Considering a Condo? Beware of the Pitfalls
The condominium lifestyle has many benefits: affordability, location, community, security, low/no maintenance and common amenities. These features offer a perfect fit for many people looking for something simple.
One aspect of condo life to consider before buying is the restrictions placed on a lifestyle — from choice of window blind colors to the hanging of holiday decorations. A representative from the HOA (Home Owner’s Association) often can even enter your unit to evaluate any potential violations after receiving complaints from other residents and enforce the rules accordingly. Your Realtor® needs to educate you thoroughly so you go in with eyes wide open.
More importantly, financing a condominium is a much more complicated process than buying a single family home as there are extensive rules and regulations that dictate not only the purchase of a condo, but also its ownership and even impact its resale value. Keep in mind, a townhome may be treated as a condo or it may treated as a single family home and that factor can have a significant impact on your ability to obtain financing.
When searching for a condo, you need to work with a Realtor who understands the financing complexities and how to avoid the pitfalls. A very busy Island lender has to tell 1 in 4 condo buyers they won’t be able to purchase the unit they just signed a contract on. I would not let you become the one who gets that kind of bad news.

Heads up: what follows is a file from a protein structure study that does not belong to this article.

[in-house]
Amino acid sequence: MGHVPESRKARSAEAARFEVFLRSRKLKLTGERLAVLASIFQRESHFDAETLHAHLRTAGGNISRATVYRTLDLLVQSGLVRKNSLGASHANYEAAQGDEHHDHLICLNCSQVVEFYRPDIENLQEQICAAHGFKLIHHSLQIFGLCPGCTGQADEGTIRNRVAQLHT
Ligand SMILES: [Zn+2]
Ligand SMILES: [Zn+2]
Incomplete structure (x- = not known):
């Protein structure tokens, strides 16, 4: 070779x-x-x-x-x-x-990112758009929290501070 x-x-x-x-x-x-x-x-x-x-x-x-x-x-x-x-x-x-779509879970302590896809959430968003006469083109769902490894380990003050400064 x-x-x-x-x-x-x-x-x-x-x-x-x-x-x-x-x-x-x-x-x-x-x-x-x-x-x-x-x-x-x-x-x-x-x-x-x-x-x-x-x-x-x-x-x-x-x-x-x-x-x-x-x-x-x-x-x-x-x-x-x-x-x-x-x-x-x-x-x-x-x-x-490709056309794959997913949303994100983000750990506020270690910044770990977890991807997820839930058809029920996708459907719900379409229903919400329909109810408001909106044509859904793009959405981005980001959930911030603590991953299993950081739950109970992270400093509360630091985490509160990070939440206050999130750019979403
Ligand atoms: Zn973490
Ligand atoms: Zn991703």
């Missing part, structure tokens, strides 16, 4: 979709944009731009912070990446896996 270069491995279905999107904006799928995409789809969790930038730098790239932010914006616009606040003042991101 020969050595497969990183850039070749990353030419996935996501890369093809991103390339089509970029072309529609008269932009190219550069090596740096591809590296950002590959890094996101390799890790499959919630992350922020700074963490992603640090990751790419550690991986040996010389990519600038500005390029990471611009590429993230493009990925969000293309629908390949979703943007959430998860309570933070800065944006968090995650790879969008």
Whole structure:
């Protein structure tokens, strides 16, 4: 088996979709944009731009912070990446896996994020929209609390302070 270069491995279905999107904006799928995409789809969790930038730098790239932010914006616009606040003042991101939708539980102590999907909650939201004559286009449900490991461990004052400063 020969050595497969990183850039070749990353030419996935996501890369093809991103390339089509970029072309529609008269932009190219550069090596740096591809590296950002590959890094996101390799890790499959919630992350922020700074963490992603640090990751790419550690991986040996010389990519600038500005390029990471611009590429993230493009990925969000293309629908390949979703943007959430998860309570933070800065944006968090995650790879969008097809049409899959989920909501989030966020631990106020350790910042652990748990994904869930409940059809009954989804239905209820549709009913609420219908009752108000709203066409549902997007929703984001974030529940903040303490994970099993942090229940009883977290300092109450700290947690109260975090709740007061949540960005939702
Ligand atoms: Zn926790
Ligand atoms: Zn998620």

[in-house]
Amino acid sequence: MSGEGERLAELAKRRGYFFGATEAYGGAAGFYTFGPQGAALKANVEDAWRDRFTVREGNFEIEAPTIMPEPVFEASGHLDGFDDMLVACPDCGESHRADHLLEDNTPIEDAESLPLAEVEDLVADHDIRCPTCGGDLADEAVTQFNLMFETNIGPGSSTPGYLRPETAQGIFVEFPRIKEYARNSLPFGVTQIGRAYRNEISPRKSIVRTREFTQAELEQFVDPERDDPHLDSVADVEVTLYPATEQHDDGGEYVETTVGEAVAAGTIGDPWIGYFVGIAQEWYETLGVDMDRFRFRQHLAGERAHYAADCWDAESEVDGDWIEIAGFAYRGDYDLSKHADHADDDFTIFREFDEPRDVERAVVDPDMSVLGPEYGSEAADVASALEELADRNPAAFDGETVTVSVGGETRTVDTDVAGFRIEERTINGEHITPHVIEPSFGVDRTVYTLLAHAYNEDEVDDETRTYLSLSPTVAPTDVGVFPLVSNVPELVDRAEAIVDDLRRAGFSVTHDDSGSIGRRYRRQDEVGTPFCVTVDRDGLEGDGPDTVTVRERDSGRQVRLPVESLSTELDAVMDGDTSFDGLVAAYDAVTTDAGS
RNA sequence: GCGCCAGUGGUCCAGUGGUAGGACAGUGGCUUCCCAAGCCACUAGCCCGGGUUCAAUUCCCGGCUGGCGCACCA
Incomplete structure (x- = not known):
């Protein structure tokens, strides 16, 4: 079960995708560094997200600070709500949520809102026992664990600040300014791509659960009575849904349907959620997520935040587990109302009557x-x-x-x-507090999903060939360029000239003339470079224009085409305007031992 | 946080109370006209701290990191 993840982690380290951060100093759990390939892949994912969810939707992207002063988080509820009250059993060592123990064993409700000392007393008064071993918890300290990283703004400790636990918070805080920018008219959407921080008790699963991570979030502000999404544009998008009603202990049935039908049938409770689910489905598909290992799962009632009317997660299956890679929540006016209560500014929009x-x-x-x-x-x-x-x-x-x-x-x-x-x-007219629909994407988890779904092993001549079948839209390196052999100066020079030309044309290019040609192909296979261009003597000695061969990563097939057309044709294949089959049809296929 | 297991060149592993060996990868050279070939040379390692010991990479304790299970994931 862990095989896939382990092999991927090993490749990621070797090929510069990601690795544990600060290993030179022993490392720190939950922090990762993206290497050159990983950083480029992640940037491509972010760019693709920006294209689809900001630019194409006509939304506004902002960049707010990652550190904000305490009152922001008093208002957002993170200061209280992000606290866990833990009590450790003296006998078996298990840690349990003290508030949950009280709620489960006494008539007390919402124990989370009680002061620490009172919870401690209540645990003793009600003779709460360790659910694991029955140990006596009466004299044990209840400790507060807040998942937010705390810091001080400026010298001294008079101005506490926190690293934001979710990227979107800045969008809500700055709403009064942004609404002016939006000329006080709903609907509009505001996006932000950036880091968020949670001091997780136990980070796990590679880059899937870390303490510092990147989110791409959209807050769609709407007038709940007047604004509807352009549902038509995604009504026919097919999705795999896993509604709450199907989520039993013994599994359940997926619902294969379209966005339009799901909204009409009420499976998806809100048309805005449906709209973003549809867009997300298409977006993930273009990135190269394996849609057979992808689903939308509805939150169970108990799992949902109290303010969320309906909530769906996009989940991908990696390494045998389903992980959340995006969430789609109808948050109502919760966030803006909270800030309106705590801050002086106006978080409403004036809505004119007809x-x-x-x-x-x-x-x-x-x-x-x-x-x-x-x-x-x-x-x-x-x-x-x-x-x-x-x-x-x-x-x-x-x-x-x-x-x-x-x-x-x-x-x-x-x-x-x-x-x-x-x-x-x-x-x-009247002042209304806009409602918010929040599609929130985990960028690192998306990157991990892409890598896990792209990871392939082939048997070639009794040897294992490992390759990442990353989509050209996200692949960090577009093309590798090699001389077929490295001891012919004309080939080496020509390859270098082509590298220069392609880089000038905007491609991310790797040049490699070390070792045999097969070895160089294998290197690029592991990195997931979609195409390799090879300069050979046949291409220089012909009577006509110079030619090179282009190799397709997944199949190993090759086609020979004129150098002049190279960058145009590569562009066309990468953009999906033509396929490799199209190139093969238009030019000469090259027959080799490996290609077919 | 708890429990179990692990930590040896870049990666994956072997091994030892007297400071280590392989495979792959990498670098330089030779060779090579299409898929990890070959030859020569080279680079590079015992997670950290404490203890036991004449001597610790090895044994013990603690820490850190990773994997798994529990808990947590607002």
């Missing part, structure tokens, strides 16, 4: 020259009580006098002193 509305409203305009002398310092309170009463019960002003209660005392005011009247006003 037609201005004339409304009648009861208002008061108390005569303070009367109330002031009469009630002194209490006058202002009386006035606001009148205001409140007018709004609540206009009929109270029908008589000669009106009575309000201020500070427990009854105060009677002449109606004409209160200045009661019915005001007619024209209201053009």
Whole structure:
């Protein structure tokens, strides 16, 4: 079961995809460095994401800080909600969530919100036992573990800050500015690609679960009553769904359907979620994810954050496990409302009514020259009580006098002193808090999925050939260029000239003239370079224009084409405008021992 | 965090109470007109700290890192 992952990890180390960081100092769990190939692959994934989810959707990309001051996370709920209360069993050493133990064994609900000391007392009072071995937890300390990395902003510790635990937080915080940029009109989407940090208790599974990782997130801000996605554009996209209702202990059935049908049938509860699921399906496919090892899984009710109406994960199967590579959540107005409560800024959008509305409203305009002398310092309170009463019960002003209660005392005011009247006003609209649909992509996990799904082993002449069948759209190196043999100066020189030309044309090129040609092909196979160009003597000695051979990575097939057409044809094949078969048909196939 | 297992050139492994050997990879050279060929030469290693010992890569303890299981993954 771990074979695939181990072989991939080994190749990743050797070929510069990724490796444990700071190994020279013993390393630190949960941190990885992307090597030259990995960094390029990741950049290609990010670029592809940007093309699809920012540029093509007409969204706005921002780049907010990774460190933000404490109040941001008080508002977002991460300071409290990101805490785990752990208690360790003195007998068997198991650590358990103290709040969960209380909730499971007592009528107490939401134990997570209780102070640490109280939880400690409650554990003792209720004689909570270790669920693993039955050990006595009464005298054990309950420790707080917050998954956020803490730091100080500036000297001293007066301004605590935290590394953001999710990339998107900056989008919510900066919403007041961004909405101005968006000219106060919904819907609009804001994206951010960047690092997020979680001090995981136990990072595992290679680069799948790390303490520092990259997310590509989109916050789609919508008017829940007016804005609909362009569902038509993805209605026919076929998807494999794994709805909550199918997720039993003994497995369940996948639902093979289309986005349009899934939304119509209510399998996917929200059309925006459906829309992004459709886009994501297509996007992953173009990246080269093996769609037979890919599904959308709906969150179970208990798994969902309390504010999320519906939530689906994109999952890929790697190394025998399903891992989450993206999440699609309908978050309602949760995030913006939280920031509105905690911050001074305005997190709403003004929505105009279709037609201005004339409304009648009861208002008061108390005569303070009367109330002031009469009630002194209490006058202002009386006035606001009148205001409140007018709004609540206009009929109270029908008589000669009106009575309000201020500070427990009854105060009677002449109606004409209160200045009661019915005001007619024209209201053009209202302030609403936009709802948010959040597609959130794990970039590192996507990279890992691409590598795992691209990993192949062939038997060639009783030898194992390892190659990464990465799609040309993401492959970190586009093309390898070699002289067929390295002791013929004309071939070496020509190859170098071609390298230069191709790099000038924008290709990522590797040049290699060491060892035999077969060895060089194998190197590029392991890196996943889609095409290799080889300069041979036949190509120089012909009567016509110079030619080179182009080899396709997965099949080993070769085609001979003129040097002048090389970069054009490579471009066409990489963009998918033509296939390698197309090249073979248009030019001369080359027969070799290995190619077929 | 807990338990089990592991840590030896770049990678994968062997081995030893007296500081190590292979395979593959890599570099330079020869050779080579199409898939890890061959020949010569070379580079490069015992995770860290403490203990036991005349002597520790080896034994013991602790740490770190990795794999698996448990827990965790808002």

There are many factors that can impact your ability to finance a unit run by an HOA, which need to be considered before shopping for a condo.
This type of transaction must make a perfect match between buyer and property. Keep in mind that even with pristine credit and large down payment, while the lender may not be worried about, they may be worried about your HOA. Lenders are increasingly wary of approving mortgage loans for developments that have too many rented units, skimpy cash reserves, an inadequate insurance policy or costly improvements looming.
And while a small red flag may be easy to fix quickly before closing on a purchase of single family home, these same issues will likely kill a condo deal because of the challenge in fixing them.
A strong buyer can mean the lender will be more willing to take on the risk of lending, especially if the HOA is very well run. Every HOA should have a recent report from their last Property Review and also the minutes from the last two board meetings to show what they are discussing in response to it.
If the lender’s own review process of the development’s financial and physical health determines the monthly dues and amount of cash reserves is insufficient to cover future expenses, they will likely reject your loan application.
Financially speaking, a vote by the HOA could increase the monthly dues to prepare for changes in the MOR (maintenance, operations and repairs). This means your housing budget may increase over time, even if you voted against it.